# Symmetrization

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In mathematics, **symmetrization** is a process that converts any function in *n* variables to a symmetric function in *n* variables.
Conversely, **anti-symmetrization** converts any function in *n* variables into an antisymmetric function.

## 2 variables

Let be a set and an Abelian group. Given a map , is termed a symmetric map if for all .

The **symmetrization** of a map is the map .

Conversely, the **anti-symmetrization** or **skew-symmetrization** of a map is the map .

The sum of the symmetrization and the anti-symmetrization is Thus, away from 2, meaning if 2 is invertible, such as for the real numbers, one can divide by 2 and express every function as a sum of a symmetric function and an anti-symmetric function.

The symmetrization of a symmetric map is simply its double, while the symmetrization of an alternating map is zero; similarly, the anti-symmetrization of a symmetric map is zero, while the anti-symmetrization of an anti-symmetric map is its double.

### Bilinear forms

The symmetrization and anti-symmetrization of a bilinear map are bilinear; thus away from 2, every bilinear form is a sum of a symmetric form and a skew-symmetric form, and there is no difference between a symmetric form and a quadratic form.

At 2, not every form can be decomposed into a symmetric form and a skew-symmetric form – for instance, over the integers, the associated symmetric form (over the rationals) may take half-integer values, while over a function is skew-symmetric if and only if it is symmetric (as ).

This leads to the notion of ε-quadratic forms and ε-symmetric forms.

### Representation theory

In terms of representation theory:

- exchanging variables gives a representation of the symmetric group on the space of functions in two variables,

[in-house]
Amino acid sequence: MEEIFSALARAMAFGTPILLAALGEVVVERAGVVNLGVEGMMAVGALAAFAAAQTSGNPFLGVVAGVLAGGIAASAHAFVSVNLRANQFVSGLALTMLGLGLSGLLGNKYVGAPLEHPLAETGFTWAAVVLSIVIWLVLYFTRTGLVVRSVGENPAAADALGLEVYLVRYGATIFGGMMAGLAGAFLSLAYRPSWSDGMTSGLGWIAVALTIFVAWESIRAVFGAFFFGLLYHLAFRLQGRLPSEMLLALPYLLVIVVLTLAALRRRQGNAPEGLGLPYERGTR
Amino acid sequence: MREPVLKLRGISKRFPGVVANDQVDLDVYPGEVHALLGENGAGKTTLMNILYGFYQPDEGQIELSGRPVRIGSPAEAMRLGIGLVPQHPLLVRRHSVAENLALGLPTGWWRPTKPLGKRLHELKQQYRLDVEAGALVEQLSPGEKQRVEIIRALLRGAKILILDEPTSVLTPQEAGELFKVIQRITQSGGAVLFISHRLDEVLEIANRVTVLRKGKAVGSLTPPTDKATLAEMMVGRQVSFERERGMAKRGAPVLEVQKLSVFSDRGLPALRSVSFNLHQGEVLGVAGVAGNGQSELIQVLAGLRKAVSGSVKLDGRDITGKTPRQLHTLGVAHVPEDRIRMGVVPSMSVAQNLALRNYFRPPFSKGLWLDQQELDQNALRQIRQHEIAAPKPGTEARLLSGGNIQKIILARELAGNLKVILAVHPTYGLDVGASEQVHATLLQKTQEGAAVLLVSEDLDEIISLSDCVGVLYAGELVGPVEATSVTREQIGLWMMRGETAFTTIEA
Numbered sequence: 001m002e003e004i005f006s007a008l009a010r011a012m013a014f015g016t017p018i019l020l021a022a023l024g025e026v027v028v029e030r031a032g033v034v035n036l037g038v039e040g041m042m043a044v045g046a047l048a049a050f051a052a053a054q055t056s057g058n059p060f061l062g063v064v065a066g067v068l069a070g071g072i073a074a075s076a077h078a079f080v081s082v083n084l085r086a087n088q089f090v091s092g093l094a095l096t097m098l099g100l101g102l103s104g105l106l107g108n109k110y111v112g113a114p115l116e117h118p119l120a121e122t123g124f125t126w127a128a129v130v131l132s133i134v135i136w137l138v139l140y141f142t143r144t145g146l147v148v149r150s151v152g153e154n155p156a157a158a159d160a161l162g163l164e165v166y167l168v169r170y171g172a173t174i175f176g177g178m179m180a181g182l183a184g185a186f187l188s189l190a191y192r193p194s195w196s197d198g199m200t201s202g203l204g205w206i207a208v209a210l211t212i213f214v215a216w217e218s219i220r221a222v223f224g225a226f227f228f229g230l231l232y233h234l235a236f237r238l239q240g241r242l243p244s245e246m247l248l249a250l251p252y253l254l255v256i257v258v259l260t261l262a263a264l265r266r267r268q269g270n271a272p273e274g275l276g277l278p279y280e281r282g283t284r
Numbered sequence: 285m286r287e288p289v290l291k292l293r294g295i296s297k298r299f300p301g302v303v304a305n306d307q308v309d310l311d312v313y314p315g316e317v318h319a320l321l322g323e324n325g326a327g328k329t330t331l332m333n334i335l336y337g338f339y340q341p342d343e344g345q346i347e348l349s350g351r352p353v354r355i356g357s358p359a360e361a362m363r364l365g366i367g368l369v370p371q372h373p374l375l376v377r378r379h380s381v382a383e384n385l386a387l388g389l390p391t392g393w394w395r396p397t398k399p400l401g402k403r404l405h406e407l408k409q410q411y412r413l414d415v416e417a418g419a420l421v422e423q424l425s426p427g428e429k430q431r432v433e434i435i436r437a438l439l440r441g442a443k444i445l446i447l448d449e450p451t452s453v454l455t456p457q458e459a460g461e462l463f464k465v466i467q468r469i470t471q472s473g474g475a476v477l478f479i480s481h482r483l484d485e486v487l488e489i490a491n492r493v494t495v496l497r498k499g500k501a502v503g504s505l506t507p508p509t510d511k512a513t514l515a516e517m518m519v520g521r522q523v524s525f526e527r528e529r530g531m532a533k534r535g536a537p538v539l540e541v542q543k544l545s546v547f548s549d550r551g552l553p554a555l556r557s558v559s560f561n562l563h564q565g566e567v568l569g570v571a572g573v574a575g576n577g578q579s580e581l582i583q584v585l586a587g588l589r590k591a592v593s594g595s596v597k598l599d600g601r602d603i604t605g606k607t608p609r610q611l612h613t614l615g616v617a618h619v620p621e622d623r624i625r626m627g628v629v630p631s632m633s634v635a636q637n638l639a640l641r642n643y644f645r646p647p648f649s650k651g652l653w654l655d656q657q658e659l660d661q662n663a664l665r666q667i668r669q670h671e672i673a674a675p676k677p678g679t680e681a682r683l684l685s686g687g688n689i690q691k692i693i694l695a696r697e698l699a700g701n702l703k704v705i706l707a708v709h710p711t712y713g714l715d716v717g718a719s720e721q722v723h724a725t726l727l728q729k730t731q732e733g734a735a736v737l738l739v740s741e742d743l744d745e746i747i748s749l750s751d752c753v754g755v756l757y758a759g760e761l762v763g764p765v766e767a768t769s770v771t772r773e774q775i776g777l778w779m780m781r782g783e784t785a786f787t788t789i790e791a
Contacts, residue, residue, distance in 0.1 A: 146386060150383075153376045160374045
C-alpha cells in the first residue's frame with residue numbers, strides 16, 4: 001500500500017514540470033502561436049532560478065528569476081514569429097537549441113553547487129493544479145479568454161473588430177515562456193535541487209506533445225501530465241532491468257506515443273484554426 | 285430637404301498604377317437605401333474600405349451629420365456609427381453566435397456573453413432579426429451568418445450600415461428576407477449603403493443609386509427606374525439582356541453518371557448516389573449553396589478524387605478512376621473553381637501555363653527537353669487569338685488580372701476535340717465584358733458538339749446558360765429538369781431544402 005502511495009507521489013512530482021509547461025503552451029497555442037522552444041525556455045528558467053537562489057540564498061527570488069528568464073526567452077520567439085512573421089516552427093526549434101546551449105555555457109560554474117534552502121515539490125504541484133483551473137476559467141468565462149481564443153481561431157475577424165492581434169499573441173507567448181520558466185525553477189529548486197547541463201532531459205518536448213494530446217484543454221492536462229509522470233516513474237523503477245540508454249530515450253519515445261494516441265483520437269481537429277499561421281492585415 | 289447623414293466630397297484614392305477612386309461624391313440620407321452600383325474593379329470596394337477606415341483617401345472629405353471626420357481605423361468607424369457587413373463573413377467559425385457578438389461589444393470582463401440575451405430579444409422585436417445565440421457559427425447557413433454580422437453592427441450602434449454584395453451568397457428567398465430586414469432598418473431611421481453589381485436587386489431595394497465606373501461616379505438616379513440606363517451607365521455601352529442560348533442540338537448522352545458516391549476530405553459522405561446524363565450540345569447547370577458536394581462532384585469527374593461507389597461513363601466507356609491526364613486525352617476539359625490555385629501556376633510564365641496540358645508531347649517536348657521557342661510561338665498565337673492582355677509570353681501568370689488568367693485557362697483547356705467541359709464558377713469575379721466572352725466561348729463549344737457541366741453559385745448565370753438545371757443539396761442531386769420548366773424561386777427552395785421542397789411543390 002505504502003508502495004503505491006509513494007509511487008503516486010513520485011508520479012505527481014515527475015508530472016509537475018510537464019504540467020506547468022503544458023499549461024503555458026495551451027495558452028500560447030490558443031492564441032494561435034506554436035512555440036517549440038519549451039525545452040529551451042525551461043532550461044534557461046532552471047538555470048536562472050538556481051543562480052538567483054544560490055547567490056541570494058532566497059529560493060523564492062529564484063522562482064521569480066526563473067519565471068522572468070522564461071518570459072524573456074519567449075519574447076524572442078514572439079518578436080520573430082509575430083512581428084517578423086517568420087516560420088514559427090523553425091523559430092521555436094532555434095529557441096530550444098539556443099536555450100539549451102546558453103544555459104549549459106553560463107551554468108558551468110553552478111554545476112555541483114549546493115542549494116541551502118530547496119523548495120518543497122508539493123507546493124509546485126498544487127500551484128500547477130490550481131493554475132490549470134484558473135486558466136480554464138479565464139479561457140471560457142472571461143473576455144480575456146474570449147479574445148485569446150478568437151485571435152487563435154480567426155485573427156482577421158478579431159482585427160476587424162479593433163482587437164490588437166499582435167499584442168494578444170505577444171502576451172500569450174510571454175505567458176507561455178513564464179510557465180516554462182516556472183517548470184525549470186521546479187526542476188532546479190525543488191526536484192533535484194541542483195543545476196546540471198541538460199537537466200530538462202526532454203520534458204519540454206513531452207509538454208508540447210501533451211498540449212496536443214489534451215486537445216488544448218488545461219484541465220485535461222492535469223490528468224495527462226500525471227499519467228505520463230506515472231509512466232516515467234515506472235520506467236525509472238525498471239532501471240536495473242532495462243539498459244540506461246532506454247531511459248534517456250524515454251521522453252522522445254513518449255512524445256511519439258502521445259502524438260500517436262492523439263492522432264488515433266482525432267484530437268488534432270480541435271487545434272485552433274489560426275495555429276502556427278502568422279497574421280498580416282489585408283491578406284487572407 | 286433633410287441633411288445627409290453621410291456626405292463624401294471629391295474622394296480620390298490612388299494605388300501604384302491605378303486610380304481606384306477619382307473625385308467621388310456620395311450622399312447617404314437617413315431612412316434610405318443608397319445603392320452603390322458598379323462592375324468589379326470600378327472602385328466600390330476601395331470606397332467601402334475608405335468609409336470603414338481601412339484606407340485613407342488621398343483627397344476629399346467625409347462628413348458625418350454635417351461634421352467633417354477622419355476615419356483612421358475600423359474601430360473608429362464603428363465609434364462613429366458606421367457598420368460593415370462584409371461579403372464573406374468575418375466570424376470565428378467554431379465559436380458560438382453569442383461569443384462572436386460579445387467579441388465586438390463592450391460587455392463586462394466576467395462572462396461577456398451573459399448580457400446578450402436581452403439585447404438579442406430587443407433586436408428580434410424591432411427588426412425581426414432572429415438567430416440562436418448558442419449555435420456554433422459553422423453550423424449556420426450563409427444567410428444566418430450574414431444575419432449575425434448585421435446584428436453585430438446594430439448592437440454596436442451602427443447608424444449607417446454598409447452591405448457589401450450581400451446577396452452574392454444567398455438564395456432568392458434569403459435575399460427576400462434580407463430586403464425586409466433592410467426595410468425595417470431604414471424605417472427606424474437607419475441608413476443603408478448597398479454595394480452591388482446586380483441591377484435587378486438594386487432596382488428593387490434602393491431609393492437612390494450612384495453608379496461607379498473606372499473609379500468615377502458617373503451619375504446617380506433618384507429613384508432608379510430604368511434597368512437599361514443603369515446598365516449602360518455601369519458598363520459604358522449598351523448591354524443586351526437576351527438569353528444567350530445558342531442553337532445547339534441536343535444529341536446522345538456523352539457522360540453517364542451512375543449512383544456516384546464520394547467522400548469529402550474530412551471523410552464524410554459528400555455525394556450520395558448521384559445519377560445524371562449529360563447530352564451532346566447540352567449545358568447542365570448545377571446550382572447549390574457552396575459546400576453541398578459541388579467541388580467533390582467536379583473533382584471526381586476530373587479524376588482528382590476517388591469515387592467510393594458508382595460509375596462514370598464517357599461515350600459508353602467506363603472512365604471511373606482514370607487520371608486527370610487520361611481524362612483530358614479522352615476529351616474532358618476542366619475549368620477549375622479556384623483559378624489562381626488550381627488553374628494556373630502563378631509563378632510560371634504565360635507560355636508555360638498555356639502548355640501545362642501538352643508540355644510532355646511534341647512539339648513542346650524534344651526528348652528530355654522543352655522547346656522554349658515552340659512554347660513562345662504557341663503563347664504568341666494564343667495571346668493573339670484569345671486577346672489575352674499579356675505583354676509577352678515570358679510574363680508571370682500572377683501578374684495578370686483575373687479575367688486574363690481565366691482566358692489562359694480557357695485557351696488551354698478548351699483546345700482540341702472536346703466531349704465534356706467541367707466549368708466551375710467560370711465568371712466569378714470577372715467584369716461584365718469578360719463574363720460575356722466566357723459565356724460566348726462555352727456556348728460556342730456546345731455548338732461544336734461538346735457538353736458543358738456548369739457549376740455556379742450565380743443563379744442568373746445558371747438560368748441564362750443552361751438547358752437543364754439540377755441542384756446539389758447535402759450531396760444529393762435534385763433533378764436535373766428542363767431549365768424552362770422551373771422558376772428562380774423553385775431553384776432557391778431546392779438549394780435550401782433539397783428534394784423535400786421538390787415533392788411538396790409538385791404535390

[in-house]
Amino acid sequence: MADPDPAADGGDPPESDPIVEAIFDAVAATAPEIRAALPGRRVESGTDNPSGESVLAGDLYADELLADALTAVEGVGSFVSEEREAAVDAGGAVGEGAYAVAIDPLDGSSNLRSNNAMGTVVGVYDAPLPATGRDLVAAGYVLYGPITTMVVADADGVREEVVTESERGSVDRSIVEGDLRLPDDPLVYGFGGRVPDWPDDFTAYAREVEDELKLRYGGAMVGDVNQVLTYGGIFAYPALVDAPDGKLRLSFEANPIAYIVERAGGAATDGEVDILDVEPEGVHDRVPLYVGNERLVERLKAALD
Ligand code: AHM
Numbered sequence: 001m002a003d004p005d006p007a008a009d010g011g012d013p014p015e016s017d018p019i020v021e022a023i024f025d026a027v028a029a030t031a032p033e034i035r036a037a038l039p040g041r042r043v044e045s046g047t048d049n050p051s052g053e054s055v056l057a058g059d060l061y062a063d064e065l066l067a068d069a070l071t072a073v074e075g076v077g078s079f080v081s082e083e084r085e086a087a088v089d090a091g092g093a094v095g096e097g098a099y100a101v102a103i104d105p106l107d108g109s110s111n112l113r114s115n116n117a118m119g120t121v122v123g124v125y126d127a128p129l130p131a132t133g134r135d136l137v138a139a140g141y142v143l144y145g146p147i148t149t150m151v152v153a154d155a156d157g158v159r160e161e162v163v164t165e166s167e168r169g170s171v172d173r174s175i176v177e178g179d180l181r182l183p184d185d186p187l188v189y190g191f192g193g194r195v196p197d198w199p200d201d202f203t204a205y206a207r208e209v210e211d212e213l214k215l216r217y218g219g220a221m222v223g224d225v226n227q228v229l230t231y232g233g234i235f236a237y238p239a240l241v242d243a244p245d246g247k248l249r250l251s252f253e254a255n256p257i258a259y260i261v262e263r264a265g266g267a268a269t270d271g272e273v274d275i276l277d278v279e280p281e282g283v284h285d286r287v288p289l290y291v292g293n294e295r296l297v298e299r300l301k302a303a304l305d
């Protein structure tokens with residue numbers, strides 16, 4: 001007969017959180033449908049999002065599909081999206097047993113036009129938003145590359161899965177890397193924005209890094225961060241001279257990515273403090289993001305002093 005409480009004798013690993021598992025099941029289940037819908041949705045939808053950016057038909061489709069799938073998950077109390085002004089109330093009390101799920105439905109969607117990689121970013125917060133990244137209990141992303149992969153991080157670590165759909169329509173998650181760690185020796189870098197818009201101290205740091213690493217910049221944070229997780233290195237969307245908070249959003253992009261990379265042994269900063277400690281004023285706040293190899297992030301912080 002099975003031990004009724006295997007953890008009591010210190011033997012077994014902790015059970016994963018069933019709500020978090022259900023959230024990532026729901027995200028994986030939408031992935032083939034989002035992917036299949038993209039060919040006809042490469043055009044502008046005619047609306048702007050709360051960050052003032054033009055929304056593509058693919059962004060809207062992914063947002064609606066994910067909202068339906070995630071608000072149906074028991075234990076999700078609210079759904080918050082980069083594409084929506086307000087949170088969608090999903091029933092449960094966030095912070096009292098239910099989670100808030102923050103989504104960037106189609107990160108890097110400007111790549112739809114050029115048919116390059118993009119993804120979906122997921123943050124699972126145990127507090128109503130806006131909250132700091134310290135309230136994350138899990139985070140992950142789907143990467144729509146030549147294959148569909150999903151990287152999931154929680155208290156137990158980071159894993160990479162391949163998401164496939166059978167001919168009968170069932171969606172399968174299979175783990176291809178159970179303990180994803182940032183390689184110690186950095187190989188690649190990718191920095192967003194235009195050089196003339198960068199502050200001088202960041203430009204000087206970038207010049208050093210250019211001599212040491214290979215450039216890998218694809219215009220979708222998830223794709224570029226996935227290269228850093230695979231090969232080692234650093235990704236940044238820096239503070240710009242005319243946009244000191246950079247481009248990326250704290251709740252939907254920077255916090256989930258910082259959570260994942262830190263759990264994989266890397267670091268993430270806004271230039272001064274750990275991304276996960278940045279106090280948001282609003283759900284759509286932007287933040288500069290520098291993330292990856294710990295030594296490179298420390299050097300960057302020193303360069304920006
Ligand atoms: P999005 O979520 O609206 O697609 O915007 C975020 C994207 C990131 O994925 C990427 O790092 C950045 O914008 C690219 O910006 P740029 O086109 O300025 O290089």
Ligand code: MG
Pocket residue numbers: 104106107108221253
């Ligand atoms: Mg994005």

- the symmetric and anti-symmetric functions are the subrepresentations corresponding to the trivial representation and the sign representation, and
- symmetrization and anti-symmetrization map a function into these subrepresentations – if one divides by 2, these yield projection maps.

As the symmetric group of order two equals the cyclic group of order two (), this corresponds to the discrete Fourier transform of order two.

*n* variables

More generally, given a function in *n* variables, one can symmetrize by taking the sum over all permutations of the variables,^{[1]} or anti-symmetrize by taking the sum over all even permutations and subtracting the sum over all odd permutations.

Here symmetrizing (respectively anti-symmetrizing) a symmetric function multiplies by *n*! – thus if *n*! is invertible, such as if one is working over the rationals or over a field of characteristic then these yield projections.

In terms of representation theory, these only yield the subrepresentations corresponding to the trivial and sign representation, but for there are others – see representation theory of the symmetric group and symmetric polynomials.

## Bootstrapping

Given a function in *k* variables, one can obtain a symmetric function in *n* variables by taking the sum over *k* element subsets of the variables. In statistics, this is referred to as bootstrapping, and the associated statistics are called U-statistics.

## Notes

- ↑ Hazewinkel (1990), [[[:Template:Google books]] p. 344]

## References

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